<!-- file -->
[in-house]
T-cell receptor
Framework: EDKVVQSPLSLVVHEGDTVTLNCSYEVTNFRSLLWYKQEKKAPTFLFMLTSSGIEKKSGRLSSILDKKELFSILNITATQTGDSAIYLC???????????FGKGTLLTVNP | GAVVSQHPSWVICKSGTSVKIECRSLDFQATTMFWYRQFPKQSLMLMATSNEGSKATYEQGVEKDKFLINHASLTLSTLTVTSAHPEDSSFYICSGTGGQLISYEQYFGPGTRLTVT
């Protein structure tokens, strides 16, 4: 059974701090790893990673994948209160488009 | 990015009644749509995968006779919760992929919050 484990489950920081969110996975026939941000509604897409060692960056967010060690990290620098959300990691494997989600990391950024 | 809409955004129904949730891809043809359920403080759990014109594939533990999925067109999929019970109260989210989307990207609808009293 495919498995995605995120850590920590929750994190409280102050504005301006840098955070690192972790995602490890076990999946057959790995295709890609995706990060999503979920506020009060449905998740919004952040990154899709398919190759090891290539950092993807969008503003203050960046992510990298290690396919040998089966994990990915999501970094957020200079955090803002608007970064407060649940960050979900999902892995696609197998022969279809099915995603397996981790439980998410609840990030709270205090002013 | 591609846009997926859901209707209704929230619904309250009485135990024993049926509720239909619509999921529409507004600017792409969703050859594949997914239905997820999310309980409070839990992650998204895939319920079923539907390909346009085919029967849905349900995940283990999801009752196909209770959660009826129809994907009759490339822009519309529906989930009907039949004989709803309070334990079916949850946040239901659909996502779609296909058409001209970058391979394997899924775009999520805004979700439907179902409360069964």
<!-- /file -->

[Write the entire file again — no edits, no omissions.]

[in-house]
T-cell receptor
Framework: EDKVVQSPLSLVVHEGDTVTLNCSYEVTNFRSLLWYKQEKKAPTFLFMLTSSGIEKKSGRLSSILDKKELFSILNITATQTGDSAIYLC???????????FGKGTLLTVNP | GAVVSQHPSWVICKSGTSVKIECRSLDFQATTMFWYRQFPKQSLMLMATSNEGSKATYEQGVEKDKFLINHASLTLSTLTVTSAHPEDSSFYICSGTGGQLISYEQYFGPGTRLTVT
């Protein structure tokens, strides 16, 4: 059974701090790893990673994948209160488009 | 990015009644749509995968006779919760992929919050 484990489950920081969110996975026939941000509604897409060692960056967010060690990290620098959300990691494997989600990391950024 | 809409955004129904949730891809043809359920403080759990014109594939533990999925067109999929019970109260989210989307990207609808009293 495919498995995605995120850590920590929750994190409280102050504005301006840098955070690192972790995602490890076990999946057959790995295709890609995706990060999503979920506020009060449905998740919004952040990154899709398919190759090891290539950092993807969008503003203050960046992510990298290690396919040998089966994990990915999501970094957020200079955090803002608007970064407060649940960050979900999902892995696609197998022969279809099915995603397996981790439980998410609840990030709270205090002013 | 591609846009997926859901209707209704929230619904309250009485135990024993049926509720239909619509999921529409507004600017792409969703050859594949997914239905997820999310309980409070839990992650998204895939319920079923539907390909346009085919029967849905349900995940283990999801009752196909209770959660009826129809994907009759490339822009519309529906989930009907039949004989709803309070334990079916949850946040239901659909996502779609296909058409001209970058391979394997899924775009999520805004979700439907179902409360069964």